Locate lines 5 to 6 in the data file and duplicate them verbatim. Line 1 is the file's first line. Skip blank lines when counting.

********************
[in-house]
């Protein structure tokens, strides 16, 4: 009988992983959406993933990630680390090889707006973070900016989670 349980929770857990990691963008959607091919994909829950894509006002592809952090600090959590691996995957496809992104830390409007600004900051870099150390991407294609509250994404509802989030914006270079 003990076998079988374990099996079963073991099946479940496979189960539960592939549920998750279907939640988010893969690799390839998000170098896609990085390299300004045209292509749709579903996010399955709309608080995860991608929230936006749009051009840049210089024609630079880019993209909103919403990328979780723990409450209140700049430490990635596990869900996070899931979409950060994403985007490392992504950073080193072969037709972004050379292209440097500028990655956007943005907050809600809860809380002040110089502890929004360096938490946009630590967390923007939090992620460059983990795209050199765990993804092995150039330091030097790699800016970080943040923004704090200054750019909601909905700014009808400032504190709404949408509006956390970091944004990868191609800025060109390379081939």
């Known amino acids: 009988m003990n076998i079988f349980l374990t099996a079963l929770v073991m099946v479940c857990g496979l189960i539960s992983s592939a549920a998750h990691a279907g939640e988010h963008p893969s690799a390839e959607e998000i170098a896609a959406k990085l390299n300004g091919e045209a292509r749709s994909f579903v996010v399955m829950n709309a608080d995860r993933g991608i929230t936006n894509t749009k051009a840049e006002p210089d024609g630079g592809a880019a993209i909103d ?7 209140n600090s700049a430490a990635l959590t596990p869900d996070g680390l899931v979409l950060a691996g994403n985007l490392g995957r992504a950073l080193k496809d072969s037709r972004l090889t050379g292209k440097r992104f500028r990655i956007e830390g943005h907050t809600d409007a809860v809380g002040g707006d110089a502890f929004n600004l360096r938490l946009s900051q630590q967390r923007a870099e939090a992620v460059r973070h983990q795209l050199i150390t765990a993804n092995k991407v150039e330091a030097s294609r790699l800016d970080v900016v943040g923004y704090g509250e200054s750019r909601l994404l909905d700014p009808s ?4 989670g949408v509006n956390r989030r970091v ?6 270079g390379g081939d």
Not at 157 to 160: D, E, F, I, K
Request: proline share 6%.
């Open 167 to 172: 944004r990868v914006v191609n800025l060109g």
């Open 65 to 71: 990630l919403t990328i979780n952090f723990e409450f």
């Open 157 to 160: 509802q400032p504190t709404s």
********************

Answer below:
Request: proline share 6%.
């Open 167 to 172: 944004r990868v914006v191609n800025l060109g």